By Sarah Pickersgill
Advocacy and Communications Officer, MACEPA, and Global Health Corps Fellow
Getting ready for mass drug administration in Western Province
This week, MACEPA Zambia held consultative stakeholder meetings in three districts in Western Province. Representatives from various groups, including the Department of Fisheries, Immigration, ZANIS (Zambia News and Information Services), local church leaders, community health workers, and others discussed the benefits and challenges of administering mass drug administration (MDA) in their specific communities. Stakeholders expressed their passion for eliminating malaria, with the acting district commissioner in Mulobezi stating, “We want to wake up one day and there’s no malaria in our villages. We are all here to put our ideas and efforts together to achieve that feat.”
Pictured below: Ernest Kakoma with the National Malaria Elimination Centre (NMEC) presents the National Malaria Elimination Strategic Plan to stakeholders, explaining how MDA works as an accelerator within a package of malaria interventions. Meeting participants then broke into groups to discuss how to best translate the MDA program, which has been successful in Southern Province, to the Western context. From transportation logistics to sensitizing the communities, the groups provided useful insight on how the program may operate most effectively in their area.
In the news
This week, Nature published a comprehensive look at malaria prevalence from 50,424 surveys at 36,966 geocoded locations, covering 115 years of malaria history in sub-Saharan Africa. The analysis includes the impact of climate, land use, and programmatic interventions in order to make projections about the future of malaria elimination.
Ruby Shang, the chair of the board for the Asia Pacific Leaders Malaria Alliance (APLMA), discusses the malaria “super-bug” threat to Australia and across the Asia-Pacific in Huffington Post Australia. Shang focuses on the importance of heading off malaria resurgence and protecting the progress made to date. “We risk sleepwalking into a future where cures we take for granted, rapidly disappear.”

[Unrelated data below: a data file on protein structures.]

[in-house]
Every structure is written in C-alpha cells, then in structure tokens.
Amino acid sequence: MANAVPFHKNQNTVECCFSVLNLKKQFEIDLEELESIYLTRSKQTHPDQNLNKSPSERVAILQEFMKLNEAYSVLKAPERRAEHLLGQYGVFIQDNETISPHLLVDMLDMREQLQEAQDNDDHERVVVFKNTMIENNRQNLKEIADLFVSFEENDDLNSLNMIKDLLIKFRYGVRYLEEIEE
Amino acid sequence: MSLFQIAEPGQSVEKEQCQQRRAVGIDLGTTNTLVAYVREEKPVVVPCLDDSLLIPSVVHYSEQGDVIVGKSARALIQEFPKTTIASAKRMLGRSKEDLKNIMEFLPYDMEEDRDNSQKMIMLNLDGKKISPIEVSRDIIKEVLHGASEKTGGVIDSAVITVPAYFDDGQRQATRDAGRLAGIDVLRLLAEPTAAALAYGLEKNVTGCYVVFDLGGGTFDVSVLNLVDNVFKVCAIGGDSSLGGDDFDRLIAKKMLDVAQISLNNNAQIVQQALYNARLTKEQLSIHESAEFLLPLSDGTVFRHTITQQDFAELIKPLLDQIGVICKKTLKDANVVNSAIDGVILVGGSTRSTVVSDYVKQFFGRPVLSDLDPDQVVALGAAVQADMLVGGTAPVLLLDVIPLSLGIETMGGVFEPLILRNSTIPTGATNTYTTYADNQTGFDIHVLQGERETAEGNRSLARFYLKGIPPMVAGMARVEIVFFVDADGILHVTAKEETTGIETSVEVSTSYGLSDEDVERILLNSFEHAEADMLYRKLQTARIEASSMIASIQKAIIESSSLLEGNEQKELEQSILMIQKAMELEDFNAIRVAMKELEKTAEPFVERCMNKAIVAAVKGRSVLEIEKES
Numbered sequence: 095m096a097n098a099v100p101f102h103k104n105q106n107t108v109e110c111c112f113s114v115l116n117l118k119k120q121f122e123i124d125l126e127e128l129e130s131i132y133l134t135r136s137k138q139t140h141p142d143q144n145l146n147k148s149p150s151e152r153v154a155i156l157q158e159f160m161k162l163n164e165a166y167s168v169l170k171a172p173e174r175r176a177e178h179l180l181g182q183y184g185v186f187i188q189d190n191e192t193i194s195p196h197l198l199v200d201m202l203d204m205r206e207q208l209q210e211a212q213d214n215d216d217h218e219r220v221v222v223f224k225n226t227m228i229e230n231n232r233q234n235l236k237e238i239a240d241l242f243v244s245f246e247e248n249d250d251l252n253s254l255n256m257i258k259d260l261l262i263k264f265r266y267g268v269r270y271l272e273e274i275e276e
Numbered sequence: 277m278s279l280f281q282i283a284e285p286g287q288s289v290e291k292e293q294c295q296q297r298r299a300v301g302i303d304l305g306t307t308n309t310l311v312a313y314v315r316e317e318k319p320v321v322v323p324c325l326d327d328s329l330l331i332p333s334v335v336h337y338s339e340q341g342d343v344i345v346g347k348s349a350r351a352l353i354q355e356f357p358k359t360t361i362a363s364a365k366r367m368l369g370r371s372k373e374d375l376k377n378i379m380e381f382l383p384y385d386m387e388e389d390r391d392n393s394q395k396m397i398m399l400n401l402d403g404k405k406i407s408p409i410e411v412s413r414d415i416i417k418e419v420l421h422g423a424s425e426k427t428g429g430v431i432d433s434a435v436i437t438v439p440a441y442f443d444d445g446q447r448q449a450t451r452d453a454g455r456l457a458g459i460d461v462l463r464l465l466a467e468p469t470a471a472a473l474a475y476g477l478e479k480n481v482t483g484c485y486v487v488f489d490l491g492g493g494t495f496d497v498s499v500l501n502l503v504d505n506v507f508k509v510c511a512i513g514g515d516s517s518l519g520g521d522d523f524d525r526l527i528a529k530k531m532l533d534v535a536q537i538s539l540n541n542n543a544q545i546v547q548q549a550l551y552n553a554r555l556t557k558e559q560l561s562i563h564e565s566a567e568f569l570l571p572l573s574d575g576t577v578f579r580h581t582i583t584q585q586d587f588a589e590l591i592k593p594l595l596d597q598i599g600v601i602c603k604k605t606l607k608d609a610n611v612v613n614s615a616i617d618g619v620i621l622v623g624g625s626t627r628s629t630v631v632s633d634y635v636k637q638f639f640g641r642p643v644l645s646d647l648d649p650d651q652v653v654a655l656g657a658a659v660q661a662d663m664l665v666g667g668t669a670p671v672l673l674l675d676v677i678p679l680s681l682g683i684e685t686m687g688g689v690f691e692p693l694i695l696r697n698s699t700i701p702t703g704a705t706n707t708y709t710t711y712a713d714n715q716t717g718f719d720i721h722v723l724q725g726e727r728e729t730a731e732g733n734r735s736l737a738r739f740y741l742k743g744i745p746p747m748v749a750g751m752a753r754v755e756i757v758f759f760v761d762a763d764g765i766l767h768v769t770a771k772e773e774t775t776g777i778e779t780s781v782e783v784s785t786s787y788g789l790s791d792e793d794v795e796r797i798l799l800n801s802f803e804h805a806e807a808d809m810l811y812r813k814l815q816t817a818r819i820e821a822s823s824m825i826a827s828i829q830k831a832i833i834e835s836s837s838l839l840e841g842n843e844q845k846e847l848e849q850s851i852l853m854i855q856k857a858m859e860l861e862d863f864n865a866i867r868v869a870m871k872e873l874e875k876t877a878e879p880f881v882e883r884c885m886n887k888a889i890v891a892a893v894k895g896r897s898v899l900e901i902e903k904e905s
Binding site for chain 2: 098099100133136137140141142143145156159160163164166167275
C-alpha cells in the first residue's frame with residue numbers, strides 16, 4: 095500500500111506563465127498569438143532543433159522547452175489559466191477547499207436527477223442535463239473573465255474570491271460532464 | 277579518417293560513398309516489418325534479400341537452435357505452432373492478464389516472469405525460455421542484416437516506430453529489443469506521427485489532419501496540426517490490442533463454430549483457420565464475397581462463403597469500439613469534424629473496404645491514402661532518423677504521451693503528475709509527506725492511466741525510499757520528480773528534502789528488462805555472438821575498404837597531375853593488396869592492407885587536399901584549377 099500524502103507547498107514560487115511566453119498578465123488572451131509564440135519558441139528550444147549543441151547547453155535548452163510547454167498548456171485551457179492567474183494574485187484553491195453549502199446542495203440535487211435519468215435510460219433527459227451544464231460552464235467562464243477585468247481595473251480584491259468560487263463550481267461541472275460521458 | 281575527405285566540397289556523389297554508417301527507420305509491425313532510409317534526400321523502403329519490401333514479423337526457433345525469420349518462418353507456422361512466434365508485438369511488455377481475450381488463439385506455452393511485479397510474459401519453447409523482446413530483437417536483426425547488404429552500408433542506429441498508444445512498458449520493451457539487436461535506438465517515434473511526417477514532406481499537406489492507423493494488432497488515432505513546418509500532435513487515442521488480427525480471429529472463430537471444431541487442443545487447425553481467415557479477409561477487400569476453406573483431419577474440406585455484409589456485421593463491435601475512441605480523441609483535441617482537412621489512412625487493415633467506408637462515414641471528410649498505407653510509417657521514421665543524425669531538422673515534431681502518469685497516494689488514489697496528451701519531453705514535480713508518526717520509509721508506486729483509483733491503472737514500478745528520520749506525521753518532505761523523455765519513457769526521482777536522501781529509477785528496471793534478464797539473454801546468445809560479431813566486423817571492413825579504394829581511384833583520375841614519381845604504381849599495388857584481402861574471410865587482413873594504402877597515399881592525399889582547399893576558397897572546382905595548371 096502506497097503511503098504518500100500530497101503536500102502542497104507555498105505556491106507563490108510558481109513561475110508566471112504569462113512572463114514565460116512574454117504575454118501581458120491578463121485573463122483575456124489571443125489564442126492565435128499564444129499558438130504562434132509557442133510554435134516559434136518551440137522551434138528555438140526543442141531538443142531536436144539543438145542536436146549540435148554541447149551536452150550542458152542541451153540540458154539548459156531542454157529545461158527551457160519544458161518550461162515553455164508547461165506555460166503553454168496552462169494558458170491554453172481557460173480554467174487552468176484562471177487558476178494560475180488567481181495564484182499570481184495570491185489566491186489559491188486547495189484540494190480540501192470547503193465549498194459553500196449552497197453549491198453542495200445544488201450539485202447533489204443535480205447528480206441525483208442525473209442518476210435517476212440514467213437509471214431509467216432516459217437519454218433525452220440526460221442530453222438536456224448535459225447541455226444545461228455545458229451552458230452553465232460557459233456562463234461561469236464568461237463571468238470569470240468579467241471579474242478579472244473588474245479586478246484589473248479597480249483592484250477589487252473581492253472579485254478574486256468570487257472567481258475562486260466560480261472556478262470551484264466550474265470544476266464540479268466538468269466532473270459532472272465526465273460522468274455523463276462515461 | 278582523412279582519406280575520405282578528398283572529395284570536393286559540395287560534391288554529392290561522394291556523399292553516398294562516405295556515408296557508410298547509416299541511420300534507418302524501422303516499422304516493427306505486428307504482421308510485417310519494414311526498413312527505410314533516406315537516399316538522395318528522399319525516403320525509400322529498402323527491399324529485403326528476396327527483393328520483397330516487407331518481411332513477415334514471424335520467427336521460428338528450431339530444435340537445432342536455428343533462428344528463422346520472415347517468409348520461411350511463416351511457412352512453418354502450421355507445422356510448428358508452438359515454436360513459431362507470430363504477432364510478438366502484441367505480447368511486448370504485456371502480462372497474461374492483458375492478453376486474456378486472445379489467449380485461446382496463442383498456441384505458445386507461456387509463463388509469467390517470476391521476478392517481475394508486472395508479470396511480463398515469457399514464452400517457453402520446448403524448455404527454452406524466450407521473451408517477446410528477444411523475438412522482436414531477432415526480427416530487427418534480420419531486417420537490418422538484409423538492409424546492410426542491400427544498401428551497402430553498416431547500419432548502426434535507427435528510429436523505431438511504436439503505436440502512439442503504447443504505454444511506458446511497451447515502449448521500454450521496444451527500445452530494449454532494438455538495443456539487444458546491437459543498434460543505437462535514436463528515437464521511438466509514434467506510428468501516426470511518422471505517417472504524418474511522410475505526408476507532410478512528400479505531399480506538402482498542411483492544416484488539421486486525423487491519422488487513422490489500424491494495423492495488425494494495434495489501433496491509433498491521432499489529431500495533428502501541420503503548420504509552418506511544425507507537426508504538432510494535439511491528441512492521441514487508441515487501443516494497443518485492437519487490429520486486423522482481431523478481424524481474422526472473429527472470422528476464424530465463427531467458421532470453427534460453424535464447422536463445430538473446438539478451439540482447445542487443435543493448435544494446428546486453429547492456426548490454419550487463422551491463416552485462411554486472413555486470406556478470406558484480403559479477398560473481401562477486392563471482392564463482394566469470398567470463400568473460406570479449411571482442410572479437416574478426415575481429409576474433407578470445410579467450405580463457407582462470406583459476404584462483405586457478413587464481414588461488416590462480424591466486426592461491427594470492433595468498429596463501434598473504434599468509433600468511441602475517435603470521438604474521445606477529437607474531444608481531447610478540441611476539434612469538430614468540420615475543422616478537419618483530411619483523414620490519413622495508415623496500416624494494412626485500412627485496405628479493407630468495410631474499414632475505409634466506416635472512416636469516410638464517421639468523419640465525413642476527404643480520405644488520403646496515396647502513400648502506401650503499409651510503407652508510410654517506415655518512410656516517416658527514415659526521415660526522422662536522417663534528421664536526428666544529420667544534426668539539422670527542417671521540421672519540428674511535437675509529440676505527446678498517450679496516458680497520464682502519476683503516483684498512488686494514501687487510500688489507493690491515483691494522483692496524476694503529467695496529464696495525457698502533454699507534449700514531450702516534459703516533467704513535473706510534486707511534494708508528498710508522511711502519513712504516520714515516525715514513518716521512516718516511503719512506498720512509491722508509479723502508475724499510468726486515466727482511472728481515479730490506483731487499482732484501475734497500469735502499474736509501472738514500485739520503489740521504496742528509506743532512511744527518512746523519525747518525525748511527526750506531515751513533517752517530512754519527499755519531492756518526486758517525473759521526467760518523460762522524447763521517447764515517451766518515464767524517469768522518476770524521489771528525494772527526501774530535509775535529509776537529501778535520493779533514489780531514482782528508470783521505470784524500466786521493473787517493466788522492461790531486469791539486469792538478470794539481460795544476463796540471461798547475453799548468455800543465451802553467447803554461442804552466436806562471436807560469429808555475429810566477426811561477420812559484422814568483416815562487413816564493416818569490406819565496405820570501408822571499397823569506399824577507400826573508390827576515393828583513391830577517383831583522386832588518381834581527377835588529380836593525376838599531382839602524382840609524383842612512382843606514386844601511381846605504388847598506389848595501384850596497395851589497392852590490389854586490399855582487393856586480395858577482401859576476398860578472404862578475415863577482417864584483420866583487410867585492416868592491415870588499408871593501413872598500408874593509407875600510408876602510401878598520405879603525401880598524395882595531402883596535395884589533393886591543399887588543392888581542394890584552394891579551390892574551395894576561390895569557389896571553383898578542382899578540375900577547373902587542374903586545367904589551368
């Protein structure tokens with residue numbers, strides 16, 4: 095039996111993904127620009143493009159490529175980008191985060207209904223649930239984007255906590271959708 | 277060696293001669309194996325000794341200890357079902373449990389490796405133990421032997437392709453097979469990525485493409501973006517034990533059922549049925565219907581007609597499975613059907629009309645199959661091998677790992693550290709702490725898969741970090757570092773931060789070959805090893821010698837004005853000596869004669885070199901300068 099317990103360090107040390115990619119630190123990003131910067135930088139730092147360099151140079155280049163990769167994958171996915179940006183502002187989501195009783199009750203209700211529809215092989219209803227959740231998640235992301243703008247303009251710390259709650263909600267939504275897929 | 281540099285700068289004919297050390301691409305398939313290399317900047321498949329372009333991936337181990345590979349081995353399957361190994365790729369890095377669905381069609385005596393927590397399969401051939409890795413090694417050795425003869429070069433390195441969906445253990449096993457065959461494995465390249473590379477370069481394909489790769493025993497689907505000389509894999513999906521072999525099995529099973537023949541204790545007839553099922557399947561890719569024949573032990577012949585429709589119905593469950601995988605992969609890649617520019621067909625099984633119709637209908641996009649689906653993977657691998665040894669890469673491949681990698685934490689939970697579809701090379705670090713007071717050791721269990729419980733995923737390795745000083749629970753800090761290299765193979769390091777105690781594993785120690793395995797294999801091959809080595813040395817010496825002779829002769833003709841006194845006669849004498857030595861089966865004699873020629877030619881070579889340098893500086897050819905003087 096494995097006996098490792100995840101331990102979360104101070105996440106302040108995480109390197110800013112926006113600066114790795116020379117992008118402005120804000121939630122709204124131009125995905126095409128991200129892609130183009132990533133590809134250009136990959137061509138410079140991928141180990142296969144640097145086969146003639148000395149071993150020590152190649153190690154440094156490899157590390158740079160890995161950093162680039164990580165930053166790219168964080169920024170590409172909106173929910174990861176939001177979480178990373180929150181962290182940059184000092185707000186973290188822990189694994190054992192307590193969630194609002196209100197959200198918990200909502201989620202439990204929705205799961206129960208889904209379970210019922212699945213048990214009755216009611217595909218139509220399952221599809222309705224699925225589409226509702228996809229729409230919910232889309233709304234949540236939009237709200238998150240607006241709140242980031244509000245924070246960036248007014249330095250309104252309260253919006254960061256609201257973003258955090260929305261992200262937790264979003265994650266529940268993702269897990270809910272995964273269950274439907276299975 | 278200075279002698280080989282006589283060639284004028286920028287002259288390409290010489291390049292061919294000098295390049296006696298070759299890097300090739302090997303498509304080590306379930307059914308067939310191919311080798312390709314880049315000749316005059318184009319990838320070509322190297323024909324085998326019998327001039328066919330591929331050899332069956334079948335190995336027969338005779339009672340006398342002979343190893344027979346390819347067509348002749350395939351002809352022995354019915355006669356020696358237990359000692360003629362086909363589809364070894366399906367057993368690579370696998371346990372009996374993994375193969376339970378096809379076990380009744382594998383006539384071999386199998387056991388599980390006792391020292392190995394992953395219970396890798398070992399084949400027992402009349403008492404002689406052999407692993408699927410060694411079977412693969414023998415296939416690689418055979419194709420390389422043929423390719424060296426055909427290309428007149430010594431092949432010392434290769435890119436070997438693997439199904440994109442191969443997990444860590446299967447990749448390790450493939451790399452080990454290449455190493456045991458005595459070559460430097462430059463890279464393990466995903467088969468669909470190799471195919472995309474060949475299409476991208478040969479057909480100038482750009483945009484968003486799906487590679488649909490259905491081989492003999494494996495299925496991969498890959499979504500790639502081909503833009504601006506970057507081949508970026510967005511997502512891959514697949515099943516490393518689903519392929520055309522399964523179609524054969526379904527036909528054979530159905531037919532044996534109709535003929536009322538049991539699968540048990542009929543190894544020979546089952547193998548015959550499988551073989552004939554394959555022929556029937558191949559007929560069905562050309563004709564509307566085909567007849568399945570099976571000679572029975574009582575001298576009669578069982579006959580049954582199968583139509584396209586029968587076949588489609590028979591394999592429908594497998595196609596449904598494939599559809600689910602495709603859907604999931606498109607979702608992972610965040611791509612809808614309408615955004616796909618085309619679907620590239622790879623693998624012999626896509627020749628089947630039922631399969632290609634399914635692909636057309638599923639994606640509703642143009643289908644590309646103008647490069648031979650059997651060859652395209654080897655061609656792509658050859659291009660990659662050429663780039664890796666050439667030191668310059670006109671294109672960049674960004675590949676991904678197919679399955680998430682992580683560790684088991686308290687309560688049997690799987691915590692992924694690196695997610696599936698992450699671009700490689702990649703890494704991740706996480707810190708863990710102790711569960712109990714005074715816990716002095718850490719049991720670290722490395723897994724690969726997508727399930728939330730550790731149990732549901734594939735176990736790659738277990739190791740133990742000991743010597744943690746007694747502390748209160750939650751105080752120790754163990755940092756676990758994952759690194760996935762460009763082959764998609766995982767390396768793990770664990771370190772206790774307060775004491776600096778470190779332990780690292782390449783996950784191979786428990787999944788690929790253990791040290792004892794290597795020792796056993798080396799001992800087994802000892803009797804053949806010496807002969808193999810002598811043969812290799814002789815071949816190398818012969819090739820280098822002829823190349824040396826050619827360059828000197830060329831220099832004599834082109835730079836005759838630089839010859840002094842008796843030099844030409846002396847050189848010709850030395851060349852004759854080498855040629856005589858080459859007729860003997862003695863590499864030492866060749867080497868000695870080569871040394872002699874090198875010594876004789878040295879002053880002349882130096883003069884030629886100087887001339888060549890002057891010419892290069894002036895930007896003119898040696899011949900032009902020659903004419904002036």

As the growing threat of drug-resistant malaria continues to make headlines, some experts raise questions regarding the level of alarm. Leslie Roberts takes a critical look at the artemisinin-resistant strain and its projected impact. (Science)
Although the US Congress is forecasted to reject deep cuts to global health programs, current funding is still not enough. Chris Collins, president of Friends of the Global Fight Against AIDS, Tuberculosis and Malaria, writes about innovative financing strategies needed to close the funding gap and prevent global epidemics. (The Lancet Global Health Blog)
A malaria outbreak in Kenya has been reported in five counties, in which 438 people have tested positive. A nurse’s strike has added service delivery challenges to the outbreak, resulting in many dispensaries not being operational. (The Nation)
A study in The Lancet medical journal assessed the likelihood of four viruses—Ebola, Lassa, Marburg, and Crimean-Congo—spreading on the continent. Researchers focused on mapping high risk areas in order to improve preparedness in different parts of each country, not just at the national level. (Reuters)
Dr. Admasu Kesete, CEO of the Roll Back Malaria Partnership (former Minister of Health for Ethiopia, 2012–2016), details how Ethiopia has been redesigning its health system, originally created for other countries, to better fit the Ethiopian context. Before, a small number of highly trained health providers was concentrated in the big cities, far away from the 85 percent of people who live in rural areas. Now, a group called The Women’s Development Army are working at the community level to encourage mothers to deliver in health facilities and model other good health practices, like sleeping under a betnet or using latrines. The Women’s Development Army has 3 million members, one for every six families. (Quartz)